Your wedding pros are masters of their crafts, meaning you can rely on their expertise throughout the planning process—but that's not to say you shouldn't do some planning on your end too. Preparing a wedding photo shot list is one of the best ways to maximize your time together on the wedding day. Your pro will guide you through common wedding and bridal portrait poses, but take some time to bring a few ideas to the photoshoot too. In fact, gathering inspiration beforehand will give you enough guidance so that you don't feel lost when it's time to start taking photos.

"It's always great to come to a session with some idea of your photo style and aesthetic preference," says NYC-based photographer Gianna Leo Falcon. Adds Rollins: "If I can sense that my clients have a specific vision about their photos, I do recommend that they do an inspiration board. That way, they can clearly communicate what they want."

Avoid Over-Practicing

While you should come prepared with bridal photo ideas, try to avoid over-practicing before the big day. It may seem like practicing your poses is the best way to boost your confidence, but it can actually be counter-productive if you think too hard about nailing the shot in the moment. "When couples are too focused on creating specific photos, they miss out on enjoying the experience," Wenzel advises, noting that your pro will ensure you capture all of the most important photographs. "Experienced wedding photographers will have their own master shot list to make sure they don't miss any details."

Your photographer will be able to guide you and your S.O. throughout the wedding portrait session to capture photos that fulfill your shot list and feel natural. "I observe my couples first to see how they move, and then I pose them in ways that are consistent with their natural demeanor," Rollins explains. "Then, I just allow them to be themselves. I call this natural posing, and it works."

Move Naturally

When it's time to start smiling for the camera, you'll be grateful to have a few wedding and bridal portrait pose ideas on hand—but don't underestimate the power of talking and laughing naturally with your partner. Even simple movements like walking together or putting your arms around each other will result in genuine wedding portraits that don't feel overly posed or forced.

If you do feel yourself tensing up for close-up shots, take a minute to refocus your energy on your partner instead. Allow yourself to relax in their presence, and your photographer will work their magic to produce heartfelt candid photos that you'll cherish.

Designate Enough Time

Making your wedding day timeline is an essential task to complete in the weeks leading up to the big day. While it's important to allot enough time for the big moments, like your wedding ceremony, cocktail hour, reception speeches and dancing, setting aside time for portraits and bridal photos is a must. After all, feeling rushed may impact your confidence throughout your photo session. Give yourself ample time to take group photos with your wedding party and family members, but set aside time for solo shots too. You might want to consider doing a first look, along with a private photo session, before the ceremony. Or, dedicate part of the photo schedule just for you, your S.O. and your photographer so the three of you can cross off all the portrait ideas on your shot list.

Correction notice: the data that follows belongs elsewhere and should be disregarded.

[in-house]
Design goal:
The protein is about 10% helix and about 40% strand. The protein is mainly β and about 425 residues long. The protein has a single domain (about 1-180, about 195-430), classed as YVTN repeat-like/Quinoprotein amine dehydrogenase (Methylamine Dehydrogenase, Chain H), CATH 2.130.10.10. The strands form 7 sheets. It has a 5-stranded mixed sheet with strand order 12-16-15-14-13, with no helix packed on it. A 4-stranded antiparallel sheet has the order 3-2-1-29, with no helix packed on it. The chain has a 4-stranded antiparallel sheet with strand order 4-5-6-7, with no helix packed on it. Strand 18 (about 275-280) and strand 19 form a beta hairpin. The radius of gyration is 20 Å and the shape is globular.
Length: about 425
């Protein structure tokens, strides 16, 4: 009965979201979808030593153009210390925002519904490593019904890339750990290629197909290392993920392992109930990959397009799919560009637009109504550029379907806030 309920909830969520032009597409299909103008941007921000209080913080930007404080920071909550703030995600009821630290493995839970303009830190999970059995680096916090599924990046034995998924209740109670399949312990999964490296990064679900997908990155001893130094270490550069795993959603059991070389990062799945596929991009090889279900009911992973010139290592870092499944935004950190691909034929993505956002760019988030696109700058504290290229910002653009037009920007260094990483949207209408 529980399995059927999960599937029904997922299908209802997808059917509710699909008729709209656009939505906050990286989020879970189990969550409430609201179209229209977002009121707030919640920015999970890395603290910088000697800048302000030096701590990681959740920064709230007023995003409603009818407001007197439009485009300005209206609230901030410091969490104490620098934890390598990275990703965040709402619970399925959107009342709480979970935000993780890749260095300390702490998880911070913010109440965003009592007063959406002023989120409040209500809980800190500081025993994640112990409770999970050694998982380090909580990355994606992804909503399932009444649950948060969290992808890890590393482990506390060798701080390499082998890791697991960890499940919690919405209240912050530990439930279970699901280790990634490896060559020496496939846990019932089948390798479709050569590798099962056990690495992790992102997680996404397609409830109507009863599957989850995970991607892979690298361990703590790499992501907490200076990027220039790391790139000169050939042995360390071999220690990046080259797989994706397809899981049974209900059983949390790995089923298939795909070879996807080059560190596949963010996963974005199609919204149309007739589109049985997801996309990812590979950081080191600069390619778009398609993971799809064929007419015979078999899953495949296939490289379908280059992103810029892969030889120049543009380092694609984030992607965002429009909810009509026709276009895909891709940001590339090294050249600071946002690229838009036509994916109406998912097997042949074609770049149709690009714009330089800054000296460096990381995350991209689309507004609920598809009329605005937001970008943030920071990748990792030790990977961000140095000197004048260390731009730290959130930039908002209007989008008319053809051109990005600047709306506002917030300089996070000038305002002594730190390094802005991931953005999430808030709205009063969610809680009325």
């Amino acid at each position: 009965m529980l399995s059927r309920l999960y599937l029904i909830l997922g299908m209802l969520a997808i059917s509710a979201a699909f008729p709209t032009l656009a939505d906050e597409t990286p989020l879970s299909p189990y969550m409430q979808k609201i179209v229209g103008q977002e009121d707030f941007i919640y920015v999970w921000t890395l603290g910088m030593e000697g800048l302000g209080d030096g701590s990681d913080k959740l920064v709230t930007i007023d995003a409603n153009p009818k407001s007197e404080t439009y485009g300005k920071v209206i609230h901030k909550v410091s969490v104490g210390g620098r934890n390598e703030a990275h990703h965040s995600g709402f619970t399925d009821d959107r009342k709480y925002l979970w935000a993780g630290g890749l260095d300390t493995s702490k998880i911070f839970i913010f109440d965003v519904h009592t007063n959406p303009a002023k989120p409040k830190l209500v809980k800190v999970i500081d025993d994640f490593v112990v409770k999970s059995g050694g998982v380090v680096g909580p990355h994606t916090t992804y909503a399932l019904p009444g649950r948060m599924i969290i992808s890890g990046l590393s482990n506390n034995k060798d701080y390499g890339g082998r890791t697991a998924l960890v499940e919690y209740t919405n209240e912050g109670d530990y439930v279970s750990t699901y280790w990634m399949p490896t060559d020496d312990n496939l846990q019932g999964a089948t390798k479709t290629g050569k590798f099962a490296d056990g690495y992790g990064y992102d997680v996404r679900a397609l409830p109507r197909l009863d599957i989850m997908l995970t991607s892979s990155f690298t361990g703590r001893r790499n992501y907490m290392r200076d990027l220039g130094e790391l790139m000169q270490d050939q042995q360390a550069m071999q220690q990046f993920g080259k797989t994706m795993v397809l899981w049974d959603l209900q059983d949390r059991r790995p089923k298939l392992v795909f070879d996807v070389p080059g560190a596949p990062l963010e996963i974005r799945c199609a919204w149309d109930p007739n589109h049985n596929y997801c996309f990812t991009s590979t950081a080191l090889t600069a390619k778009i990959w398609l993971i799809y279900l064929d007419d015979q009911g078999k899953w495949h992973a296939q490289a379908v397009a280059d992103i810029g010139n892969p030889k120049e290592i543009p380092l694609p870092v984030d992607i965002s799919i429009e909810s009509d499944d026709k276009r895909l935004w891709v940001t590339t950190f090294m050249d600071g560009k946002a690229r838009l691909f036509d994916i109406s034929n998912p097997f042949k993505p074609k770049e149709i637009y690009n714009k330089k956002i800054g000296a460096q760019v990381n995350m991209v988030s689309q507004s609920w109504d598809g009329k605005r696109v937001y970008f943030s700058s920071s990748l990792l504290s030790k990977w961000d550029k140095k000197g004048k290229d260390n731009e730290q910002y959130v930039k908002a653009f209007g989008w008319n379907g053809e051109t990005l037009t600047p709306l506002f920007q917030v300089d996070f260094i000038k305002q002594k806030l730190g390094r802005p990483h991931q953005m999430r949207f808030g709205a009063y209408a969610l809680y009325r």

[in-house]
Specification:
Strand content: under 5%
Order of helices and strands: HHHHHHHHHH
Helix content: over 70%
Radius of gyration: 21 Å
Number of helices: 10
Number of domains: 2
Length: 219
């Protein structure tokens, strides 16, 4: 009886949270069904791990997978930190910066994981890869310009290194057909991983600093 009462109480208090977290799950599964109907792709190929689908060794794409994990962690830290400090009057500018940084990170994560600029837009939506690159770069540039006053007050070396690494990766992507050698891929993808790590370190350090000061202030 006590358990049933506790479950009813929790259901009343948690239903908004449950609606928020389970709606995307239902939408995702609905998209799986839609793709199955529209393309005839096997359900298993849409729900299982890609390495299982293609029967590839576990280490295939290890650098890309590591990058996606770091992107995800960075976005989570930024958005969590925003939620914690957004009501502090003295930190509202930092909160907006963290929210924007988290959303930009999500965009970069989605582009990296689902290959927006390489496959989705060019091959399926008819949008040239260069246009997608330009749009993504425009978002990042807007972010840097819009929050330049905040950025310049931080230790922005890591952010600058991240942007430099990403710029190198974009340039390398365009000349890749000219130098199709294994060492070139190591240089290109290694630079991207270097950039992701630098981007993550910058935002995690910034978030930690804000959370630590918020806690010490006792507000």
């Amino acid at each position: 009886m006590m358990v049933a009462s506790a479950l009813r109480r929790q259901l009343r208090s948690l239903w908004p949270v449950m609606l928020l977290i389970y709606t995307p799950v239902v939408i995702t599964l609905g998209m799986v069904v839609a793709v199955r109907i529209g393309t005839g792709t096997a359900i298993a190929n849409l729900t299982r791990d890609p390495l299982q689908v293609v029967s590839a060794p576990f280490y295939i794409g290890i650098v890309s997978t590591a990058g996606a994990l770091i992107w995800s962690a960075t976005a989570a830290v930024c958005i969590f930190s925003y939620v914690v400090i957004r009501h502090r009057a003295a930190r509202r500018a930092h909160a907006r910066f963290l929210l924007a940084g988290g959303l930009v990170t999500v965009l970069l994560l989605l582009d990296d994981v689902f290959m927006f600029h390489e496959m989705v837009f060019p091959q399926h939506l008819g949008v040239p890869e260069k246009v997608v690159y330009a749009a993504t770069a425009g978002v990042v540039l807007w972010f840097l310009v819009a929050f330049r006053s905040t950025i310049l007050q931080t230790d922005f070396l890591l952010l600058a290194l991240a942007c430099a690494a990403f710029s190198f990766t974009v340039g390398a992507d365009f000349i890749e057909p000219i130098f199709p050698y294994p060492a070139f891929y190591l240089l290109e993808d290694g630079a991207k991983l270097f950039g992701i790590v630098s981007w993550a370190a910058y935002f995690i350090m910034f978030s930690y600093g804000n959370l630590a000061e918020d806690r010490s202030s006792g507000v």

The ideal photoshoot time isn't one-size-fits-all, but there are some general guidelines to follow. "Every wedding timeline is different and determined by multiple factors including the sunset, the location and the ceremony time," explains Wenzel. "For a tight timeline, I include a minimum of 30 minutes of shooting time for wedding portraits. Sixty minutes is my preference though, especially if there is more flexibility in the day. Work with your wedding photographer to create a timeline that works best for you."

Communicate With Your Photographer

Ultimately, the best thing you can do to feel confident while posing for wedding pictures and bridal portraits is to communicate with your photographer. "Don't hesitate to tell your photographer what you want, or if you're not feeling what they're doing," suggests Falcon. "This is all about you, and we're there to capture it." Adds Rollins: "One way to eliminate any insecurities is to voice them to their photographer. The last thing I want a couple to say while viewing wedding photos is, 'I love this photo, but...'"

If you're feeling nervous about any aspect of your wedding photoshoot, ask to see one or two shots to confirm that you're on the right path. "I often show my couples their pictures as I am taking them," Rollins says. "That way, they can see how amazing they look and feel more comfortable."

And, as with any other wedding pro, it's important to trust their expertise. "Understand it is completely normal to feel awkward or uncomfortable when you get in front of the camera," advises Wenzel. "For many couples, this is their first time having professional photos taken and I expect them to feel uneasy when we start. Trust your photographer and don't be afraid to communicate what you do or don't like."